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Factors Associated With Fatal Mining Injuries Among Contractors and Operators

Muzaffar, Saeher MD, MSt, MPH; Cummings, Kristin MD, MPH; Hobbs, Gerald PhD; Allison, Paul PhD; Kreiss, Kathleen MD

Journal of Occupational & Environmental Medicine:
doi: 10.1097/JOM.0b013e3182a2a5a2
Original Articles
Abstract

Objective: To explore factors associated with fatal accidents among contractors and operators by using the Mine Safety and Health Administration database.

Methods: Cross-sectional data on 157,410 miners employed by operators or contractors during 1998–2007 were analyzed using logistic regression and multiple imputation.

Results: Univariate odds of fatal versus nonfatal accident were 2.8 (95% confidence interval, 2.3 to 3.4) times higher for contractors than operators. In a multivariable model, fatality was associated with contractor, less experience at the current mine, and occurrence at more than 8 hours into the workday (P < 0.05 for each). Differences in odds of fatality by employment type were more pronounced in surface mines.

Conclusions: Contractors had a higher proportion of fatal injuries. Fatality also varied by mine experience, the number of hours worked before injury, work location, and mine type.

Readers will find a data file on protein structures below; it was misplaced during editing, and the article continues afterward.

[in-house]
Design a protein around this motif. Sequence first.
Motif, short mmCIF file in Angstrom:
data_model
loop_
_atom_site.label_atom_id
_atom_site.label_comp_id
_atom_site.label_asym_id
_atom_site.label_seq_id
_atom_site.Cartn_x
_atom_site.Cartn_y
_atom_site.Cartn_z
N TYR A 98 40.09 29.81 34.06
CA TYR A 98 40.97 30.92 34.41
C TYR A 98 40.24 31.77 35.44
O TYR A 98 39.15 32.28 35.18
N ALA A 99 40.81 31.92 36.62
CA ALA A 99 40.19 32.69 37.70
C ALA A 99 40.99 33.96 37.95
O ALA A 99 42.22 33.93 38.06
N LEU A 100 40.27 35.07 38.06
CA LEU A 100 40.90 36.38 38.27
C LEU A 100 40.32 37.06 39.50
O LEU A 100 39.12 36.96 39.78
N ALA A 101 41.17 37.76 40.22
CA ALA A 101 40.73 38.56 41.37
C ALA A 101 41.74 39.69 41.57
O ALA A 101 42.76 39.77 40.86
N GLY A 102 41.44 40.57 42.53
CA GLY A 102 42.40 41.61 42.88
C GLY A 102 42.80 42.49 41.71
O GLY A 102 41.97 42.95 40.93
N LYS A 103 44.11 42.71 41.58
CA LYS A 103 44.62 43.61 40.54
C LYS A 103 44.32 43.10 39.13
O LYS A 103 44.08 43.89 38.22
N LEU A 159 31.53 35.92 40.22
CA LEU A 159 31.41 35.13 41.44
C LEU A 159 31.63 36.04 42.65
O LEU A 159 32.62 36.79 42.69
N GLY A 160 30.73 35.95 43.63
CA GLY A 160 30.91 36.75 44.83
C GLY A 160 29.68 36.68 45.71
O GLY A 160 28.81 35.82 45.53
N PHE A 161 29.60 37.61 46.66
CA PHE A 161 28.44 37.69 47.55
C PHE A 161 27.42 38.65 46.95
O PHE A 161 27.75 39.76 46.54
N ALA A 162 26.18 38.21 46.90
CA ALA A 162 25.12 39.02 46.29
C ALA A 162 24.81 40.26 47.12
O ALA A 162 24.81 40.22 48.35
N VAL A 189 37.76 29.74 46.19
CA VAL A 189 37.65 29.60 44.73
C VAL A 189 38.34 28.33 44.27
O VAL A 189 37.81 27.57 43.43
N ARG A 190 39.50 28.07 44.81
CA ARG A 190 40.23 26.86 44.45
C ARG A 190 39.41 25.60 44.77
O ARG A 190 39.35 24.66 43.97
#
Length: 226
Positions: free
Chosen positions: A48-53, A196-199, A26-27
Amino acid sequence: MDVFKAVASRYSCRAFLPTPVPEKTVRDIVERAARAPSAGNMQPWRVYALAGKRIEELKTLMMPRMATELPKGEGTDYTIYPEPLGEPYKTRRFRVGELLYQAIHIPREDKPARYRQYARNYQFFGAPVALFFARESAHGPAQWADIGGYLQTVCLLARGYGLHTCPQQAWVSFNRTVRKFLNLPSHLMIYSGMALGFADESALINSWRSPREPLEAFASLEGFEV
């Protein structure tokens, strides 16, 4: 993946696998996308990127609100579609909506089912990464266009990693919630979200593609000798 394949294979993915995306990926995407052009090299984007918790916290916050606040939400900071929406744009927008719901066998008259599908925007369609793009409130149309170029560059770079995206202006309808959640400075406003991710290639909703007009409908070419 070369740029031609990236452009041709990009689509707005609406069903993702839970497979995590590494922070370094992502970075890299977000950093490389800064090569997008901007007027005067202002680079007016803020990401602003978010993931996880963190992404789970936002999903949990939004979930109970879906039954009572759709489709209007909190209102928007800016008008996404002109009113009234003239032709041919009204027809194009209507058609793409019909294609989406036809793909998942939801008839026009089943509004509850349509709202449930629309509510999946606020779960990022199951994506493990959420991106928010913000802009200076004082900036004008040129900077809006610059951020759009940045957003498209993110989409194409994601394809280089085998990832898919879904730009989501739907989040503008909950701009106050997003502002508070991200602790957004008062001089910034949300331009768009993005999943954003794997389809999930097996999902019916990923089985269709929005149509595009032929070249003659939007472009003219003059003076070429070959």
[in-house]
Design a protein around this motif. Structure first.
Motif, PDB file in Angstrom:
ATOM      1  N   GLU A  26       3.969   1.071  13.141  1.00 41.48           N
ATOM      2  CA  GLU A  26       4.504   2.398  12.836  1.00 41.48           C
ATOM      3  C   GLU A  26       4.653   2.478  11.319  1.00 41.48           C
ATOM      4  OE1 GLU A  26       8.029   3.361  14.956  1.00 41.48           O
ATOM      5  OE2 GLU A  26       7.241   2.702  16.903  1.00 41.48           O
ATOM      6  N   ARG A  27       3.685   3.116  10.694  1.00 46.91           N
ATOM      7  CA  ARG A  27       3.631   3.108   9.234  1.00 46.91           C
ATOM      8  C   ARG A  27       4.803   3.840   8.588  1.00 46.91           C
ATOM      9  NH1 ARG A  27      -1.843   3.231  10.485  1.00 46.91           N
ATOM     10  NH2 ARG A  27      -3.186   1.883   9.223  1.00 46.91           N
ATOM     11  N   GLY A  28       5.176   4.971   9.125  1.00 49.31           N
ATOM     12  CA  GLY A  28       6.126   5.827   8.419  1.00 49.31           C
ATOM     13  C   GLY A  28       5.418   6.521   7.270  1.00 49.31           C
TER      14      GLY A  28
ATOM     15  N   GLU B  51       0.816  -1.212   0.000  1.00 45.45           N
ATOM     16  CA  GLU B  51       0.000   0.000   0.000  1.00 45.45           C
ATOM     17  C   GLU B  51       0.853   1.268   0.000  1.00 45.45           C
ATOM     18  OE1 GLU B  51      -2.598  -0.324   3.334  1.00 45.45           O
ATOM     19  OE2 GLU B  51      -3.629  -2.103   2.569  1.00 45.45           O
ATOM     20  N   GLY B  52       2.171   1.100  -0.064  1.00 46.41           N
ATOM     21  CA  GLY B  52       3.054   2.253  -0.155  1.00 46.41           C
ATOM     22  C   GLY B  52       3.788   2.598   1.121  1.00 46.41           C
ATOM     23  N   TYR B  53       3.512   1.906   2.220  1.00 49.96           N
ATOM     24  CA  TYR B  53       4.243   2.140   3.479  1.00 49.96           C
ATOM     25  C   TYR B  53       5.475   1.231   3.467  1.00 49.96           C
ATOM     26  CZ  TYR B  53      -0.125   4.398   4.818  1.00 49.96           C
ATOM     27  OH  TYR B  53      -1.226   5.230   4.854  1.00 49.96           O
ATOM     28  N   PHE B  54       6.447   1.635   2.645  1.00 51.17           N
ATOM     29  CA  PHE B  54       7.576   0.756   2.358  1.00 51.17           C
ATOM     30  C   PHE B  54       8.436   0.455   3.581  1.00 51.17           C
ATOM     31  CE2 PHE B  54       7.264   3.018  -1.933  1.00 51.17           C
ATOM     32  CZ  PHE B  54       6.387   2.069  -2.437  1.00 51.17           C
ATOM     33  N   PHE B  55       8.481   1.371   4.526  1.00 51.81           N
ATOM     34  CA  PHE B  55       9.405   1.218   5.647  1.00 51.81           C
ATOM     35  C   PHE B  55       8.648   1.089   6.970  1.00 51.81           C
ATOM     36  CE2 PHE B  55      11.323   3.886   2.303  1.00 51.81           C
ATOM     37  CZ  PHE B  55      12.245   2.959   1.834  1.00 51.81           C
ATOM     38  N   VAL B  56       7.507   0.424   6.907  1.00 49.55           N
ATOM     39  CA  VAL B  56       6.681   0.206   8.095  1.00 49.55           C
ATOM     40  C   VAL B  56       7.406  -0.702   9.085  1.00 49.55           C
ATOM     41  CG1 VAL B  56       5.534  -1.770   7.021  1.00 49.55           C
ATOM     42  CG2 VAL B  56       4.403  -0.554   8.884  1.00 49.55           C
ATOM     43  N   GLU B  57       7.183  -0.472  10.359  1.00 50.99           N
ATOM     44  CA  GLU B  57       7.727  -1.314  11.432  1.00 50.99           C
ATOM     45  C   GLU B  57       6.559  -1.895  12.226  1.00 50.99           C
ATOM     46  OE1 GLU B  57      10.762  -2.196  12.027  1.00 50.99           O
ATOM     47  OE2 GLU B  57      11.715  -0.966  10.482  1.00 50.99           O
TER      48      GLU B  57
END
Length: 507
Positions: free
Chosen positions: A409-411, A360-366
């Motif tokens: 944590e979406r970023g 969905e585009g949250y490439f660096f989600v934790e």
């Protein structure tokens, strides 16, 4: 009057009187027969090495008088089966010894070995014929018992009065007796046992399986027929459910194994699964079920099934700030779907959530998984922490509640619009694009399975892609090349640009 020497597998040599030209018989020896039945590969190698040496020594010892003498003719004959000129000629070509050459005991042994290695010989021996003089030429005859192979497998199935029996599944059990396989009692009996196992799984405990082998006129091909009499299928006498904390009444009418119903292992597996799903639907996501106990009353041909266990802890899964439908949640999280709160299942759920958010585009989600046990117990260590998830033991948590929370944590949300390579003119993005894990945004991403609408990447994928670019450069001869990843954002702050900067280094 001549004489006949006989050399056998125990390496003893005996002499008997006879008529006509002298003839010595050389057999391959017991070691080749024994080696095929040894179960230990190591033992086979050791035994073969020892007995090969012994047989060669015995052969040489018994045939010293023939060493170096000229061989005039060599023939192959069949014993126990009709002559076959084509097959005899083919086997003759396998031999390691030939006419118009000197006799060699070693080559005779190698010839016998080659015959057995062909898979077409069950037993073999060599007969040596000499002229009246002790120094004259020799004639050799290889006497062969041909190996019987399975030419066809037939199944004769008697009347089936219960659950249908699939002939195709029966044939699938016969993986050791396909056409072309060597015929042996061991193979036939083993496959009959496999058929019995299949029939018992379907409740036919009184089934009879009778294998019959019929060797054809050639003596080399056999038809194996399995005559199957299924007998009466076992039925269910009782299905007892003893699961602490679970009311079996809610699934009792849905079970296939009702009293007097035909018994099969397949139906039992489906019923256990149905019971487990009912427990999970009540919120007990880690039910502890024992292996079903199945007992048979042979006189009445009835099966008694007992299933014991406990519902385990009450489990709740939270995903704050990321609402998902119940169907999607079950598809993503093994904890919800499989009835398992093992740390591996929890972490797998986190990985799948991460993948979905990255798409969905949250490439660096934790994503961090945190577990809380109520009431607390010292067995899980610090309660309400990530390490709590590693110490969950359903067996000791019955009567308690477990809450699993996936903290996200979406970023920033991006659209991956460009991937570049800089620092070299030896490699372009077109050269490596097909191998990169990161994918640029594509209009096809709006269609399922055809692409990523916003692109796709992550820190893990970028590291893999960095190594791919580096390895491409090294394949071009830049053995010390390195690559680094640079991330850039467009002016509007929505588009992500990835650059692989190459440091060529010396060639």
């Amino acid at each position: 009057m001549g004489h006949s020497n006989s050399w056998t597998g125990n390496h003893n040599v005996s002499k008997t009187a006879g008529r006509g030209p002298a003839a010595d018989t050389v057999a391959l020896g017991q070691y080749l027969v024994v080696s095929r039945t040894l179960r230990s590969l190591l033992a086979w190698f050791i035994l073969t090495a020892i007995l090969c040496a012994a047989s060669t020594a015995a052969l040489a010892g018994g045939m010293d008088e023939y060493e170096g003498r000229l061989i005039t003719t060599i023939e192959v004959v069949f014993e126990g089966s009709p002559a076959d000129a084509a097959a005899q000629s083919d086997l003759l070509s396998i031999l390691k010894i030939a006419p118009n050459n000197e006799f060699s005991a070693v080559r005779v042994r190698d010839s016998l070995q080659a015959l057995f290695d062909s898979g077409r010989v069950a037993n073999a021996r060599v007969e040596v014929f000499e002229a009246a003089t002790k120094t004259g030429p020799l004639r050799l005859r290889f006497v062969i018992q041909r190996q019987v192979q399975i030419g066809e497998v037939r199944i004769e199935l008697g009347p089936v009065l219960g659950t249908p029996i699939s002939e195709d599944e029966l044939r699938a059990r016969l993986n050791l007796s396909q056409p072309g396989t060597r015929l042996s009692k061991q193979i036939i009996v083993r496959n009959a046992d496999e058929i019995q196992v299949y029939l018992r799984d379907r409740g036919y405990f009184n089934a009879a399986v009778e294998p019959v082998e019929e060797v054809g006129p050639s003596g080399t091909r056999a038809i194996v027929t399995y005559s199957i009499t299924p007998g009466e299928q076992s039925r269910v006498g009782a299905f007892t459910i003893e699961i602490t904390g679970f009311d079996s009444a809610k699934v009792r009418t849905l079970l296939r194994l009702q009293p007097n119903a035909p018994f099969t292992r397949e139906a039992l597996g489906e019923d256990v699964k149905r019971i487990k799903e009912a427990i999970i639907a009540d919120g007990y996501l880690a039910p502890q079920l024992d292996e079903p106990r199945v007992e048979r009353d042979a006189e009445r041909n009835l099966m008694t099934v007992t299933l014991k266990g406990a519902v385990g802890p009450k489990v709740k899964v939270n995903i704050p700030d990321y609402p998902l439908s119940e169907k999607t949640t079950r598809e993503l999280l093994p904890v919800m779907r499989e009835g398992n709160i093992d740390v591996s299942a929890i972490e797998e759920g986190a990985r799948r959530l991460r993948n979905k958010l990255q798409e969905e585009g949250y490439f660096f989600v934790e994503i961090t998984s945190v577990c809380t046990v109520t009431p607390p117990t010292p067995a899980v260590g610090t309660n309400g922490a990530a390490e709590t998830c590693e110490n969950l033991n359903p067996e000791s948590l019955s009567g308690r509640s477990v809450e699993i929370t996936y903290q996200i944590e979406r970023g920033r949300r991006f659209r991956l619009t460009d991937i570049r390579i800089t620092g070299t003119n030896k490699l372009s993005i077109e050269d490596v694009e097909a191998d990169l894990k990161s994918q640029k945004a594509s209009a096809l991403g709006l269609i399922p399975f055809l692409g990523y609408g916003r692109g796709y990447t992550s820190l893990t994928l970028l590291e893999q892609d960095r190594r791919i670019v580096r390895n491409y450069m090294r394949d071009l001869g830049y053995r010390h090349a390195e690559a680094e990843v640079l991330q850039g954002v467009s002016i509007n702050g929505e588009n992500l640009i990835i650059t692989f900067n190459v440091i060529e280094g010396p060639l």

Author Information

From the Division of Pulmonary, Allergy, and Critical Care Medicine (Dr Muzaffar) and Department of Sociology (Dr Allison), University of Pennsylvania, Philadelphia; National Institute for Occupational Safety and Health (Drs Cummings and Kreiss), Morgantown; and Department of Statistics (Dr Hobbs), West Virginia University, Morgantown.

Address correspondence to: Saeher Muzaffar, MD, MSt, MPH, Division of Pulmonary, Allergy, and Critical Care Medicine, University of Pennsylvania, Philadelphia, PA 19104 (saeherm@gmail.com).

Dr Muzaffar was supported by the National Institute for Occupational Safety and Health training grant T42 OH008416-04 while conducting this research.

The findings and conclusions in this report are those of the authors and do not necessarily represent the views of the National Institute for Occupational Safety and Health.

Copyright © 2013 by the American College of Occupational and Environmental Medicine